10 Idaho State University students awarded MILES internships to participate in a wide range of ecological, social science and geological studies
Posted March 3, 2014
Ten Idaho State University students have been awarded internships through Idaho’s Managing Idaho’s Landscapes for Ecosystems Services (MILES) program to participate in a wide range of social science, ecological and geological studies.
The program builds Idaho’s capacity to study complex social-ecological processes, especially those associated with water demand and valuation of ecosystem services.
MILES is a National Science Foundation Experimental Program to Stimulate Competitive Research (EPSCoR)-funded project to advance the understanding of feedback between social and ecological systems and ecosystem services in mid-sized cities in the face of climate change and urban growth.
The MILES grant provides up to $4,000 per student participant in the MILES Undergraduate Research and Internships (MURI) Program. The MURI Program is designed to engage undergraduates in research to develop a future workforce of scientists, educators and stakeholders that can better manage Idaho’s landscapes, including valuable ecosystem services.
The 10 ISU students selected as this year’s recipients and their majors are:
• Elijah Nixon – junior, secondary education, English
• Cody Feldman – senior, ecology
• Adam Eckersell – senior, biology
• Zandra Higley – senior, international studies
• Desirea Valladolid – senior, political science
• Erica Dombrowski – junior, earth/environmental systems
• Lakin Beal – senior, biology
• Megan Reilly – senior, earth/environmental systems
• Kimberly Archibald – junior, earth/environmental systems
• Sean Boggs – junior, geomatics technology
Archibald, who was born and raised in Idaho Falls, said she is excited about her internship. “Being selected for this internship is the single biggest highlight so far during my three years at Idaho State University,” Archibald said. “My hope is to come out of this internship feeling confident in my ability to handle lab work and gaining the skills necessary to prove myself in my field.”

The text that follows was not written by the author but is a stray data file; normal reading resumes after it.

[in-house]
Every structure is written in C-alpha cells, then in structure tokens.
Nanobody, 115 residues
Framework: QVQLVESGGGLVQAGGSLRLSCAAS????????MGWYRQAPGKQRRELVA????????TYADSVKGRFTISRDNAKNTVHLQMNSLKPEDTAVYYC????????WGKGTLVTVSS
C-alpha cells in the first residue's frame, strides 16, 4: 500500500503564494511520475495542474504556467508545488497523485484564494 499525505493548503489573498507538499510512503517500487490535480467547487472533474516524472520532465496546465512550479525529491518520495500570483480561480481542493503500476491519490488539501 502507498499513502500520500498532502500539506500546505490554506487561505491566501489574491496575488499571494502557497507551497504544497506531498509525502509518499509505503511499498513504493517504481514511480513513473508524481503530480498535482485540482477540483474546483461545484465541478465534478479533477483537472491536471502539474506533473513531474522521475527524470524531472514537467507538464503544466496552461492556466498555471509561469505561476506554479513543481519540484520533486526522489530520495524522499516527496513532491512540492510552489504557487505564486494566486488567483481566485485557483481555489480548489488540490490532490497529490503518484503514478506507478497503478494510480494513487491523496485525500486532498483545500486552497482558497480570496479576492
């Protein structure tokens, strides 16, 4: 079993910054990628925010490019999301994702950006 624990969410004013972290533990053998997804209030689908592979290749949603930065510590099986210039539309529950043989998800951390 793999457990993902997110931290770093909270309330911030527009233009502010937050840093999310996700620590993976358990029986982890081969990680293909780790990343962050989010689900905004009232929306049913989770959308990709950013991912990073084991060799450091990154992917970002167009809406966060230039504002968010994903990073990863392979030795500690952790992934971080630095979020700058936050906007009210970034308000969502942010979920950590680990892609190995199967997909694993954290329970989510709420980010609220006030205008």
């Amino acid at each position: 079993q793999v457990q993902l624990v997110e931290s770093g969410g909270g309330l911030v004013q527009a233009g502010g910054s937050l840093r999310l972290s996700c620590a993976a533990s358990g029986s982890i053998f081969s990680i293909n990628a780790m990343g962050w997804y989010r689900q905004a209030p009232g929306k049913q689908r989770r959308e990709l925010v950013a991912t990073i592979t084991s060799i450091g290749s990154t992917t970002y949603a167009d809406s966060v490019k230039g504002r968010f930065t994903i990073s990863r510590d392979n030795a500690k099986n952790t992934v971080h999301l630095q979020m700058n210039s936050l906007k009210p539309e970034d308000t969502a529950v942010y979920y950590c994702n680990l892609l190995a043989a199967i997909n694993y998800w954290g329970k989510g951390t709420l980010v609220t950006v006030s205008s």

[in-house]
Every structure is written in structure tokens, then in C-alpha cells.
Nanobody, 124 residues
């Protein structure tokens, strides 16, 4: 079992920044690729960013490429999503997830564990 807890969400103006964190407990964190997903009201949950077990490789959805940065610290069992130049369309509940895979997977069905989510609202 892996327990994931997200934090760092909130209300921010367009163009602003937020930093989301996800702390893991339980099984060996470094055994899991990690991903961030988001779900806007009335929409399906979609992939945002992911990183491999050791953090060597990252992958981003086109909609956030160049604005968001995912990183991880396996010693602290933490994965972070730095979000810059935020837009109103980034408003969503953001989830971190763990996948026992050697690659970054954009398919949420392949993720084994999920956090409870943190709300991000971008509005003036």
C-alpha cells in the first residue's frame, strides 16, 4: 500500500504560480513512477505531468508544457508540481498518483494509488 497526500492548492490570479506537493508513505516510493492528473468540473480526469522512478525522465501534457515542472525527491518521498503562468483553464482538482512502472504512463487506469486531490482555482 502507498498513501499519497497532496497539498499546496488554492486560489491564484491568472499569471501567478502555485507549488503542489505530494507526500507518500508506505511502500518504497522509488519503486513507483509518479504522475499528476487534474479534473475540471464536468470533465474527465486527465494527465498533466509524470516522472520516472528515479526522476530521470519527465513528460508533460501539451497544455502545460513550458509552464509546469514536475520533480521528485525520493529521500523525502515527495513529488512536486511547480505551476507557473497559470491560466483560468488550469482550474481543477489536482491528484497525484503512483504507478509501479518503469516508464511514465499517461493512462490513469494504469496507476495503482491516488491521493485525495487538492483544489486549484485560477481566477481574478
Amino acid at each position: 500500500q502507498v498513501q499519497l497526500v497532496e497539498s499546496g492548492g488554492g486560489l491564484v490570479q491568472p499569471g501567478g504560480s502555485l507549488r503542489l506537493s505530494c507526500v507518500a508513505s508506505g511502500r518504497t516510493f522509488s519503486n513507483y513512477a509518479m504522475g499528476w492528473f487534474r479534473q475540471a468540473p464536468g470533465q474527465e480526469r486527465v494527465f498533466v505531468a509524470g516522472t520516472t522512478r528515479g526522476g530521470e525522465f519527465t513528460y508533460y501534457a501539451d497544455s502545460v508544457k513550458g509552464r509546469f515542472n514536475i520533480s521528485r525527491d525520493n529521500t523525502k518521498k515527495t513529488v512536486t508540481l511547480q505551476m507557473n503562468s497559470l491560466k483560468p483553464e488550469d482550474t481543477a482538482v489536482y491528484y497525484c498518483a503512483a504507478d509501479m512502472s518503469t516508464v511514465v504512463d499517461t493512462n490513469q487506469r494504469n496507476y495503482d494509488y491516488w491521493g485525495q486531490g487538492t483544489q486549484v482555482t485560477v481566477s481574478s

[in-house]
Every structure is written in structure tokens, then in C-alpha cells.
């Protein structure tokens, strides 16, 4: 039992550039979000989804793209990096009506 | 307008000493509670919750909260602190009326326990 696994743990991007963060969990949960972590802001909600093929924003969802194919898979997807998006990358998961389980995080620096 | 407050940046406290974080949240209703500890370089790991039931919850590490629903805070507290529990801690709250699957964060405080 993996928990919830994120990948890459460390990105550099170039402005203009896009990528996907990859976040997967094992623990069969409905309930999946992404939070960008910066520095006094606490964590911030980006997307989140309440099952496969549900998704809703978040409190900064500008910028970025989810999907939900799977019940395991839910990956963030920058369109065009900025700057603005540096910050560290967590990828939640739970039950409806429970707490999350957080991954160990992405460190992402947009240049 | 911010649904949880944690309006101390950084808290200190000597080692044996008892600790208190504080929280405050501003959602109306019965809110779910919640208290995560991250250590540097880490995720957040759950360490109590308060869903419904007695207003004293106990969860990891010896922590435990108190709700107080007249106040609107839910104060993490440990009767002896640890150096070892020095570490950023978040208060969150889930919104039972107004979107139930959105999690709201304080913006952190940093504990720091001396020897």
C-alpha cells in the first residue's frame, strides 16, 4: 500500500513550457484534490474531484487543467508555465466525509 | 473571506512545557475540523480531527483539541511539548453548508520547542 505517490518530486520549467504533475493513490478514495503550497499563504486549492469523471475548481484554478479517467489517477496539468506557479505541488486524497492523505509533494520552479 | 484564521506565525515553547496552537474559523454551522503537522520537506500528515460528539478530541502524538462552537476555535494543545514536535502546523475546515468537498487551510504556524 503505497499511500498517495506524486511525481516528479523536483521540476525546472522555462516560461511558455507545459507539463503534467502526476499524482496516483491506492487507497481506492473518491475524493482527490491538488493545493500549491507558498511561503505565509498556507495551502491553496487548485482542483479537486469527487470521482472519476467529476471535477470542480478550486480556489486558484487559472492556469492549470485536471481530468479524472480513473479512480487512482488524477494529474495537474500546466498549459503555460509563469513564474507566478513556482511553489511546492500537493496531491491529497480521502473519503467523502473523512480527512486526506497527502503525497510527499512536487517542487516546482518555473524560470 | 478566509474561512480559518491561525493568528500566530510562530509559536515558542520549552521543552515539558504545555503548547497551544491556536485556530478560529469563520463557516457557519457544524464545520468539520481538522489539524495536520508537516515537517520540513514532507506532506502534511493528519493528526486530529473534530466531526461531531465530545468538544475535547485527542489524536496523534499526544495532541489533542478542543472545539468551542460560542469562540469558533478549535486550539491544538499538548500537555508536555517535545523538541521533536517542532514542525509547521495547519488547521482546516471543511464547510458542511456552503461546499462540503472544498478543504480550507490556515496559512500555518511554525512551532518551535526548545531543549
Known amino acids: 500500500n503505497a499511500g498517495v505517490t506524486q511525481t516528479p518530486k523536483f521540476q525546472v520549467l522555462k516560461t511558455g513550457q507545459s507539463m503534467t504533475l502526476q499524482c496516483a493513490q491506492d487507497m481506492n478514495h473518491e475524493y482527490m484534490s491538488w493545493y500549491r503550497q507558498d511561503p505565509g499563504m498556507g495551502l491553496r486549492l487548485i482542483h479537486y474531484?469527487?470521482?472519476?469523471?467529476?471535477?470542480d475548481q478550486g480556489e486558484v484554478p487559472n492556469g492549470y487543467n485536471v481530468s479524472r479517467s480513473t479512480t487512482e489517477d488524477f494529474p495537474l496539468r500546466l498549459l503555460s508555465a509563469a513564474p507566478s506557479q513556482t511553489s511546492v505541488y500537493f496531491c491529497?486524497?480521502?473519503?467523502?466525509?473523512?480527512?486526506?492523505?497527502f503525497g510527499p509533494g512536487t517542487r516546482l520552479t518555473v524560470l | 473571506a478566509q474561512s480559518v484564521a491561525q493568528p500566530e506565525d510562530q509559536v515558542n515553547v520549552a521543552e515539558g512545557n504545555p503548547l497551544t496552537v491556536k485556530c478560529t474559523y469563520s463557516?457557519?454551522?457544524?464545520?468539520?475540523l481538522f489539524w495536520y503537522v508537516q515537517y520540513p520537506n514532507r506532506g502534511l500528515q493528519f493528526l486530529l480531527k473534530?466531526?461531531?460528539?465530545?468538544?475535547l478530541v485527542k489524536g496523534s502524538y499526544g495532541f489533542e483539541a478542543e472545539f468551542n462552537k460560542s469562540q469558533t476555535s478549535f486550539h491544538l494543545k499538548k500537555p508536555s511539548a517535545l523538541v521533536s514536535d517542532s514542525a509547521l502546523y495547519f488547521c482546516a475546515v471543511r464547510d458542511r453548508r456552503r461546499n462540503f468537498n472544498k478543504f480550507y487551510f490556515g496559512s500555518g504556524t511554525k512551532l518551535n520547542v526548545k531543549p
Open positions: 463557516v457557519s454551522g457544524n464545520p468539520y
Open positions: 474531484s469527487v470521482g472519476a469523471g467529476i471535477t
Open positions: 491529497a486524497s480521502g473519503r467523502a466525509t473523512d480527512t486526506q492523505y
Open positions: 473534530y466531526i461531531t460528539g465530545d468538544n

Boggs, a Navy veteran who moved to Pocatello with his family to attend ISU, said he “has significant experience dealing with GIS from a land-use perspective and looks forward to getting experience in different fields through working on the MILES project.”
Feldman, a senior in ecology, said he plans to graduate in 2014 and return for a geotechnology certificate. He said he is doing an internship with ISU ecology Professor Charles Peterson to incorporate Geographic Information System (GIS) data into an ecosystem they are studying. He is also working with a doctoral student and ISU geosciences Assistant Professor Sarah Godsey on a hydrology study of the North Slope of Alaska.
“The reason I got into ecology as a major was growing up in Idaho and spending summers in Alaska working on a fishing resort,” Feldman said. “Those things have really cemented my love for the outdoors and fishing. I feel like best way for me to contribute to society is to help preserve the ecosystems I love and allow other people to have the same experiences as I have had.”
Up to 60 MURI Scholars positions are offered each year across Idaho, with a goal of recruiting a large number of students traditionally underrepresented in STEM fields such as women, ethnic minorities and students with disabilities. MURI students will primarily work within MILES study areas located in the Boise/Treasure Valley), Coeur d’Alene/Post Falls/Moscow, and Pocatello/Idaho Falls areas. The duration of program can range from eight to 16 weeks but will vary depending on scope of work.